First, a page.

BACKGROUND: Delays in admitting high-risk emergency surgery patients to the intensive care unit result in worse outcomes and increased health care costs. We aimed to use interpretable artificial intelligence technology to create a preoperative predictor for postoperative intensive care unit need in emergency surgery patients. METHODS: A novel, interpretable artificial intelligence technology called optimal classification trees was leveraged in an 80:20 train:test split of adult emergency surgery patients in the 2007-2017 American College of Surgeons National Surgical Quality Improvement Program database. Demographics, comorbidities, and laboratory values were used to develop, train, and then validate optimal classification tree algorithms to predict the need for postoperative intensive care unit admission. The latter was defined as postoperative death or the development of 1 or more postoperative complications warranting critical care (eg, unplanned intubation, ventilator requirement ≥48 hours, cardiac arrest requiring cardiopulmonary resuscitation, and septic shock). An interactive and user-friendly application was created. C statistics were used to measure performance. RESULTS: A total of 464,861 patients were included. The mean age was 55 years, 48% were male, and 11% developed severe postoperative complications warranting critical care. The Predictive OpTimal Trees in Emergency Surgery Risk Intensive Care Unit application was created as the user-friendly interface of the complex optimal classification tree algorithms. The number of questions (ie, tree depths) needed to predict intensive care unit admission ranged from 2 to 11. The Predictive OpTimal Trees in Emergency Surgery Risk Intensive Care Unit application had excellent discrimination for predicting the need for intensive care unit admission (C statistics: 0.89 train, 0.88 test). CONCLUSION: We recommend the Predictive OpTimal Trees in Emergency Surgery Risk Intensive Care Unit application as an accurate, artificial intelligence-based tool for predicting severe complications warranting intensive care unit admission after emergency surgery. The Predictive OpTimal Trees in Emergency Surgery Risk Intensive Care Unit application can prove useful to triage patients to the intensive care unit and to potentially decrease failure to rescue in emergency surgery patients.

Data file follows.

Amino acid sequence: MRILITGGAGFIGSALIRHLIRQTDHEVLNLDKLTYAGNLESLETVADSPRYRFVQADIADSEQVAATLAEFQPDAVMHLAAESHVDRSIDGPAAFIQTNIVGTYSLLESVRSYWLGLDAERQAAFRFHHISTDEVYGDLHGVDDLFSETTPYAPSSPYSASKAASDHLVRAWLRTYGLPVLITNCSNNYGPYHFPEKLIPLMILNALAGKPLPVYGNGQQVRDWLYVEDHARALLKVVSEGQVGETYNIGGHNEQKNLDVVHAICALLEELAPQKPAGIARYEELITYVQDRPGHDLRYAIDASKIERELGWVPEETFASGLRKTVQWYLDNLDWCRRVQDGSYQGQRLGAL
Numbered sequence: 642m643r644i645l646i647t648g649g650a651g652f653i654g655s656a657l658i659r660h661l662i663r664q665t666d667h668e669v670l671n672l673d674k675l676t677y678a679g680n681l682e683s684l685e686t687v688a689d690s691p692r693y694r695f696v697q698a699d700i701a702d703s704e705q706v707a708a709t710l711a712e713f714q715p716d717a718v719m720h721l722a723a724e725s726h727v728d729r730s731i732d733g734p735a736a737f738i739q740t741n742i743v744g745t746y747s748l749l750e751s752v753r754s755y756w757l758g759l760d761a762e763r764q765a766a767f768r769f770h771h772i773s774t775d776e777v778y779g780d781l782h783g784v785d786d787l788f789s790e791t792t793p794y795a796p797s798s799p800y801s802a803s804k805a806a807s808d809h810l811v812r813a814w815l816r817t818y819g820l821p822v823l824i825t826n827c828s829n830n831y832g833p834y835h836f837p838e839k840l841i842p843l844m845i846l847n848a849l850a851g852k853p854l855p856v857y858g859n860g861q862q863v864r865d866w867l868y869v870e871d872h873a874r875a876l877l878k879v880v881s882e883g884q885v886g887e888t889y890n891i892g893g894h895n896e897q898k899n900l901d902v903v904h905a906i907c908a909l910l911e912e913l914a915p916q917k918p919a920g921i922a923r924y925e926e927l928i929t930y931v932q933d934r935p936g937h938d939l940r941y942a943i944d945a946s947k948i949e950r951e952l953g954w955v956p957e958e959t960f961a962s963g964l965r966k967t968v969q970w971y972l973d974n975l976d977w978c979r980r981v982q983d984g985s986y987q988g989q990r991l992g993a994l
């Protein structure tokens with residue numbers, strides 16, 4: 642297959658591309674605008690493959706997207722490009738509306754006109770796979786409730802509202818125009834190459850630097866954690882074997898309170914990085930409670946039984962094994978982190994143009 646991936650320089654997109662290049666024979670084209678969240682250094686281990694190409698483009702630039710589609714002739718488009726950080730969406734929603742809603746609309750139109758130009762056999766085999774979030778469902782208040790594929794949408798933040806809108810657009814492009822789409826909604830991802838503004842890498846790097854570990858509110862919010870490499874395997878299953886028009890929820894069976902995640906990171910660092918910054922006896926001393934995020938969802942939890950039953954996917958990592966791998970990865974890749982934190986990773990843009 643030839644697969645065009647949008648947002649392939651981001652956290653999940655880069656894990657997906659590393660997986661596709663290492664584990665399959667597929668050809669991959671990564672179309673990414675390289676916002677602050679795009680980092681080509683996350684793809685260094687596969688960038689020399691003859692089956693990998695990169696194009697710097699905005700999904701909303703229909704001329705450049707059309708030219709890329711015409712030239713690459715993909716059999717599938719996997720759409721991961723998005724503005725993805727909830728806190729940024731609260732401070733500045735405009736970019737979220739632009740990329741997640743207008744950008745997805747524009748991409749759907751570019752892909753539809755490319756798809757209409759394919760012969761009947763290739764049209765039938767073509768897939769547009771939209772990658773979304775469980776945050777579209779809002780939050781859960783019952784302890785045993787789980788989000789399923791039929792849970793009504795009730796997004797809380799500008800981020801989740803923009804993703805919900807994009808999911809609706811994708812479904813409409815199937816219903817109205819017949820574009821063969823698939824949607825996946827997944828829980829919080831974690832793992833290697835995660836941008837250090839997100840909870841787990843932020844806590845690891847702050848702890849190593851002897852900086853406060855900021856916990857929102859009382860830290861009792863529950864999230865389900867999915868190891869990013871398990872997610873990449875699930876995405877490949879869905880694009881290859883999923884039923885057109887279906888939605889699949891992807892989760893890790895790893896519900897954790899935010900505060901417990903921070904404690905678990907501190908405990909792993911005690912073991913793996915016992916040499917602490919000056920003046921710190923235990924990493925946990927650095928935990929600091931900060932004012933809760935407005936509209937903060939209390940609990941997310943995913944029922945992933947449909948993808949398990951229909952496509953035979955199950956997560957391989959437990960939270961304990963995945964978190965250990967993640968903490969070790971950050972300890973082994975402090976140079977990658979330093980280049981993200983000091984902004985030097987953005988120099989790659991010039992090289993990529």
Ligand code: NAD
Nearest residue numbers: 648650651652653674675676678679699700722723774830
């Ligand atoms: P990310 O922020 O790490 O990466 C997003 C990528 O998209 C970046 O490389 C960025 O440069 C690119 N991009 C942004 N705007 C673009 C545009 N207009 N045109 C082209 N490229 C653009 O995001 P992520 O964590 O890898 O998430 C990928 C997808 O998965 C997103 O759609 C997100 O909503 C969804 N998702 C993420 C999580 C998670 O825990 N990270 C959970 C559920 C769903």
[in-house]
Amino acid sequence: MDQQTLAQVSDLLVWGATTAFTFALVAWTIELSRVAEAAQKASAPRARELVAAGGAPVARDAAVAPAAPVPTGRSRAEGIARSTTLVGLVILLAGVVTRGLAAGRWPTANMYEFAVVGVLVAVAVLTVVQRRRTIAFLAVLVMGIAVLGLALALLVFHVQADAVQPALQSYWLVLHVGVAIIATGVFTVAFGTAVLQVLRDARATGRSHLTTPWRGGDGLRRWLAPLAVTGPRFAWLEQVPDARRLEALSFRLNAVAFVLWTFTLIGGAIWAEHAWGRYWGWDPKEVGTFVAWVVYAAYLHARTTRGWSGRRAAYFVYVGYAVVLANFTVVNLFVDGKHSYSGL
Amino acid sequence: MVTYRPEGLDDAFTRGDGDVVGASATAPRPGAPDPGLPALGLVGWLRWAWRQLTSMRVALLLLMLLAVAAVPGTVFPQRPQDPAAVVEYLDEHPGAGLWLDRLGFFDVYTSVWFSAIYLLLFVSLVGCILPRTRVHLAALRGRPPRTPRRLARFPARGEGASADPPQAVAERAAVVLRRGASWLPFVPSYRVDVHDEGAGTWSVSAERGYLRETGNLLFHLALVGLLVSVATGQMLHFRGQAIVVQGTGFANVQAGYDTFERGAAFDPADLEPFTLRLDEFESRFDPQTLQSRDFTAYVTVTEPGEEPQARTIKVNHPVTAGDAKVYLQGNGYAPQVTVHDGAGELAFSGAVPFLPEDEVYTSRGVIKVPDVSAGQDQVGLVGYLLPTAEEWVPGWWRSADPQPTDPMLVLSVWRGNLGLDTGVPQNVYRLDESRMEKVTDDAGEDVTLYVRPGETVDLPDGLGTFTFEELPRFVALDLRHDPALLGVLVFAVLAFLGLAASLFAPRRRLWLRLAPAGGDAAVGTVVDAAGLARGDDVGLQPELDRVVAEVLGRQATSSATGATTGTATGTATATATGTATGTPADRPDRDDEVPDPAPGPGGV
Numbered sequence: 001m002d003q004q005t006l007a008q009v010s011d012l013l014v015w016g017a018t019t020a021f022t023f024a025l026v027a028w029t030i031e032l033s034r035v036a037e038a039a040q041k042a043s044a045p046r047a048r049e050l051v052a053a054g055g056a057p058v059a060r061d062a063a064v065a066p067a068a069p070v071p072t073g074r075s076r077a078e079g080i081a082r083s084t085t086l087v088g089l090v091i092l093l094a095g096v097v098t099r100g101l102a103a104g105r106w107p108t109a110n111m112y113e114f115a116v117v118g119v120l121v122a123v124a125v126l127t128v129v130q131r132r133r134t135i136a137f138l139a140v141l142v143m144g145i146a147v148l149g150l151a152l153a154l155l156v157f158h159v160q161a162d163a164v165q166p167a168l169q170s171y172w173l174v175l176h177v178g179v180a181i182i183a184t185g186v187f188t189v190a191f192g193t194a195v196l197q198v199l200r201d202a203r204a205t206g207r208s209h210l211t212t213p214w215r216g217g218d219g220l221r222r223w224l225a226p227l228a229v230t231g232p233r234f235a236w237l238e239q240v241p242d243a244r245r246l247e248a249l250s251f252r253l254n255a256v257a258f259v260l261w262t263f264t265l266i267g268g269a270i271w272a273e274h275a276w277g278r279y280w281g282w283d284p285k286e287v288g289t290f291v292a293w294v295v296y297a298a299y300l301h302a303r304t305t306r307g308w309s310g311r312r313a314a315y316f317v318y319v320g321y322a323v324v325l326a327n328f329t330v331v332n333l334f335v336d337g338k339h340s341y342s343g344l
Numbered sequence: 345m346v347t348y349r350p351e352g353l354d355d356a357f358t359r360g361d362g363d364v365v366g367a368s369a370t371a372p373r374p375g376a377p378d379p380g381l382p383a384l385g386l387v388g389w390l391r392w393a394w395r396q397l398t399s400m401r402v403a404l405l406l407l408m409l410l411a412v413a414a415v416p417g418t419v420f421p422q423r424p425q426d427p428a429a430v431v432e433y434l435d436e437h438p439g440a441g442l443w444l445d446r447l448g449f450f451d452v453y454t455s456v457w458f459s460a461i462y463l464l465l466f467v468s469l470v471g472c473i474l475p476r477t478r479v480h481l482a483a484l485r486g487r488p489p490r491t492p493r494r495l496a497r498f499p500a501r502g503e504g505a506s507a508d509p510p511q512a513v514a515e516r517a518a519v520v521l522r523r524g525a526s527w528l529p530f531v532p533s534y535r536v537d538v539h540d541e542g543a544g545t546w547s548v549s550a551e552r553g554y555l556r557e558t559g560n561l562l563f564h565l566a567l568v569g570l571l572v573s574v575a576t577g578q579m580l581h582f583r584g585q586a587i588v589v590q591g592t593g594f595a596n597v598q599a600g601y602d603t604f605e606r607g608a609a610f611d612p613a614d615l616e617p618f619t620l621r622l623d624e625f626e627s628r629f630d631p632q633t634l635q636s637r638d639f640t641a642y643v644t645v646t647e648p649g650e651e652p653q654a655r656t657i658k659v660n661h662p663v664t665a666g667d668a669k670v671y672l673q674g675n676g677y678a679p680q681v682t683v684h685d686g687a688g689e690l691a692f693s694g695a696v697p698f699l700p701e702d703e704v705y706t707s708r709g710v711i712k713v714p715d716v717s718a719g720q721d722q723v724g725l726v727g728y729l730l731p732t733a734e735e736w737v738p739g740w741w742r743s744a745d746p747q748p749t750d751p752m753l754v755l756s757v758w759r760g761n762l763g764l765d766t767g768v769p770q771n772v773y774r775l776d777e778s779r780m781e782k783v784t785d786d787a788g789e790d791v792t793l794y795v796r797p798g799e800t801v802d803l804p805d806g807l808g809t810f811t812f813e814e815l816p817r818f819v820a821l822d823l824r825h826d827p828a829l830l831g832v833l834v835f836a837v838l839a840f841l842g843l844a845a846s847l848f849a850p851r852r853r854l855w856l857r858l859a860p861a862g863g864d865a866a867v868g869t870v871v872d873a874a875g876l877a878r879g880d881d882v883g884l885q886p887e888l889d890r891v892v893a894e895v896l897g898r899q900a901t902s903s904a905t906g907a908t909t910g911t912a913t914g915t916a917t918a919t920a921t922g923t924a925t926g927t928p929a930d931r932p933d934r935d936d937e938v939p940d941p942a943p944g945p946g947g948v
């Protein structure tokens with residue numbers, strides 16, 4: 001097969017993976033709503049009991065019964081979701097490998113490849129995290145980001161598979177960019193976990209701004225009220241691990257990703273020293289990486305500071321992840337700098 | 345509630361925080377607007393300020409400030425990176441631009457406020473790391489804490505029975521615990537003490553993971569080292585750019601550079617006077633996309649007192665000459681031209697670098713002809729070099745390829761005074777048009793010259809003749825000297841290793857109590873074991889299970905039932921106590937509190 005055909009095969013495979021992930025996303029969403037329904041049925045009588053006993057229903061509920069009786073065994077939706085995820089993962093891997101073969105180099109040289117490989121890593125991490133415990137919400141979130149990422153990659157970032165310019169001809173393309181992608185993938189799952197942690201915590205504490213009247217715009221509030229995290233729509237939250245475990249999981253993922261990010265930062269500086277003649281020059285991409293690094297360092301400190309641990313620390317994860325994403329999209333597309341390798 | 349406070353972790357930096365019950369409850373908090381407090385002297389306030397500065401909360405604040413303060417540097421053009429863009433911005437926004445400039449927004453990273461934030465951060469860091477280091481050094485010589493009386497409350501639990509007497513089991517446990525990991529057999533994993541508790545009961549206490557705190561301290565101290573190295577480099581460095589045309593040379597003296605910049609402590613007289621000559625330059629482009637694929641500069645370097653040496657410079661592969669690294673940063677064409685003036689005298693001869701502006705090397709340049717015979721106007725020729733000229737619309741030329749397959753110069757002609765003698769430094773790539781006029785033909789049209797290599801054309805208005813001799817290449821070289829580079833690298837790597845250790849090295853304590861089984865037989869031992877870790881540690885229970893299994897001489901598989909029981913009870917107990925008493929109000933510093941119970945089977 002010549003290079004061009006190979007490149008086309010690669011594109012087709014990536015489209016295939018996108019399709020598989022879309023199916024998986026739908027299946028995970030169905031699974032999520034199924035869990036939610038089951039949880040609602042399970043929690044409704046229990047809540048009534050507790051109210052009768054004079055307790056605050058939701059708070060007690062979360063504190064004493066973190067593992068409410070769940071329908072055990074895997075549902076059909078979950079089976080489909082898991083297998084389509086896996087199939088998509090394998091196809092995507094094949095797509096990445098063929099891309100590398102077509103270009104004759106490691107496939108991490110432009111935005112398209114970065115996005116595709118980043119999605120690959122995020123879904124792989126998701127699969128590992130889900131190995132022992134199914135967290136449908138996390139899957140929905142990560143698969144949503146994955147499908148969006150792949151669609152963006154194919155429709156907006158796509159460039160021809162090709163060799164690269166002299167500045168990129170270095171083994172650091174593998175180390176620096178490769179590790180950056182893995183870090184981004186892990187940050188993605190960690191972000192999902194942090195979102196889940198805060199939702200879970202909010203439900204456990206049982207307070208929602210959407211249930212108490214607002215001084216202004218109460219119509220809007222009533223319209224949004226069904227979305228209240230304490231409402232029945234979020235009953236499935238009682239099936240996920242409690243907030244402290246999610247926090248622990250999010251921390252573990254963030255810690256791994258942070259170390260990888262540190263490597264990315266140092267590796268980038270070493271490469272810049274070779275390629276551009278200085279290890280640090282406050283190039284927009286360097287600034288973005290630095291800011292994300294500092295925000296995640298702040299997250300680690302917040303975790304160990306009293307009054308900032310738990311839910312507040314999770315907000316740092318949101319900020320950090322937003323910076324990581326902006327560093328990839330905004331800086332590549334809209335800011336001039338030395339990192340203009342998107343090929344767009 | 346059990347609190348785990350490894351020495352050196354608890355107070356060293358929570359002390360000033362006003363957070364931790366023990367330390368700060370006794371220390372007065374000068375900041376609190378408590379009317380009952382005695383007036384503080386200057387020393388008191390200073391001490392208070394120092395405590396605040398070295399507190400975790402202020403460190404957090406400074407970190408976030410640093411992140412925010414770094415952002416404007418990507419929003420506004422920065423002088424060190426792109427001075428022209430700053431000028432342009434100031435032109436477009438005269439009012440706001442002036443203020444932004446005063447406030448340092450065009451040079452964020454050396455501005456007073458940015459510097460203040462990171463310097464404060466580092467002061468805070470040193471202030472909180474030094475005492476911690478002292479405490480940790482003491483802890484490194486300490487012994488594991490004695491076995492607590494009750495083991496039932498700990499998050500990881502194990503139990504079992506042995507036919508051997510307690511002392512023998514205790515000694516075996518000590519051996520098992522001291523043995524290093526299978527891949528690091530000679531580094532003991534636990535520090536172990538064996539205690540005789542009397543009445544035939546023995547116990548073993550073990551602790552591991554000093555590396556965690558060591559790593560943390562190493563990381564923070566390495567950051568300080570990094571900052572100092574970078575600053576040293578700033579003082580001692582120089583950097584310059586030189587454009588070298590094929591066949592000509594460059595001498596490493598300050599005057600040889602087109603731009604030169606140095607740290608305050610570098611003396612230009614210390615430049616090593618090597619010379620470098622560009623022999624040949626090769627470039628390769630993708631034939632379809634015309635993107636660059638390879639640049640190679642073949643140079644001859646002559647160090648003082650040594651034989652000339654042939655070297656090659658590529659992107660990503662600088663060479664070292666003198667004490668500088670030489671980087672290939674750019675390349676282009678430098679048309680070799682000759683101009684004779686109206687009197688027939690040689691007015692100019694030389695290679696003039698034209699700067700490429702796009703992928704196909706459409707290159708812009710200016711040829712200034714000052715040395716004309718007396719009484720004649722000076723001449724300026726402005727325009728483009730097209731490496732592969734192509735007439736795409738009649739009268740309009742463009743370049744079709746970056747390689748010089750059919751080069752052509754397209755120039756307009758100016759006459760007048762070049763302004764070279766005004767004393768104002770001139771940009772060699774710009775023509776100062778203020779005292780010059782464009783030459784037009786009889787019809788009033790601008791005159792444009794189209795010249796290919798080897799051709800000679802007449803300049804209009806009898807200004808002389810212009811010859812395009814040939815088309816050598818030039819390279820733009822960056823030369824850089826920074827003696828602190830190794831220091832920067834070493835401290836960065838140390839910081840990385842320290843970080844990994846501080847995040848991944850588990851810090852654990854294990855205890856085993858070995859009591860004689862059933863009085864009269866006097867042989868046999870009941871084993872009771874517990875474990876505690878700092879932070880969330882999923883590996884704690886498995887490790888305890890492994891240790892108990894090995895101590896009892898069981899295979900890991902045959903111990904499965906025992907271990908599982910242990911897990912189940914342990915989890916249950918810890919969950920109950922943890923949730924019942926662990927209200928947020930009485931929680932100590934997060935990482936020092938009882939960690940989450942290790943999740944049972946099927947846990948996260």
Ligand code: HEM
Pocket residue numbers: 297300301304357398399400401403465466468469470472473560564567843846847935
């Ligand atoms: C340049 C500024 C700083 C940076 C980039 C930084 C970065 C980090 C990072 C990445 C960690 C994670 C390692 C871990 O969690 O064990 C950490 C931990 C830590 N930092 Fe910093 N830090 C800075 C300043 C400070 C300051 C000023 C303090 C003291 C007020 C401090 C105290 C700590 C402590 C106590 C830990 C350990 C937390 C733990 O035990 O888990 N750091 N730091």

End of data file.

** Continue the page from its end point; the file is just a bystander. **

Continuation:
Assuntos
Inteligência Artificial , Smartphone , Adulto , Cuidados Críticos , Feminino , Humanos , Unidades de Terapia Intensiva , Masculino , Pessoa de Meia-Idade , Complicações Pós-Operatórias/epidemiologia , Complicações Pós-Operatórias/etiologia , Estudos Retrospectivos
9.
Cardiovasc Intervent Radiol ; 45(5): 633-640, 2022 May.
Artigo em Inglês | MEDLINE | ID: mdl-35322303

RESUMO

PURPOSE: Severe peripheral artery disease (PAD) may result in lower extremity amputation or require multiple procedures to achieve limb salvage. Current prediction models for major amputation risk have had limited performance at the individual level. We developed an interpretable machine learning model that will allow clinicians to identify patients at risk of amputation and optimize treatment decisions for PAD patients. METHODS: We utilized the American College of Surgeons National Surgical Quality Improvement Program database to collect preoperative clinical and laboratory information on 14,444 patients who underwent lower extremity endovascular procedures for PAD from 2011 to 2018. Using data from 2011 to 2017 for training and data from 2018 for testing, we developed a machine learning model to predict 30 day amputation in this patient population. We present performance metrics overall and stratified by race, sex, and age. We also demonstrate model interpretability using Gini importance and SHapley Additive exPlanations. RESULTS: A random forest machine learning model achieved an area under the receiver-operator curve (AU-ROC) of 0.81. The most important features of the model were elective surgery designation, claudication, open wound/wound infection, white blood cell count, and albumin. The model performed equally well on white and non-white patients (Delong p-value = 0.189), males and females (Delong p-value = 0.572), and patients under age 65 and patients age 65 and older (Delong p-value = 0.704). CONCLUSION: We present a machine learning model that predicts 30 day major amputation events in PAD patients undergoing lower extremity endovascular procedures. This model can optimize clinical decision-making for patients with PAD.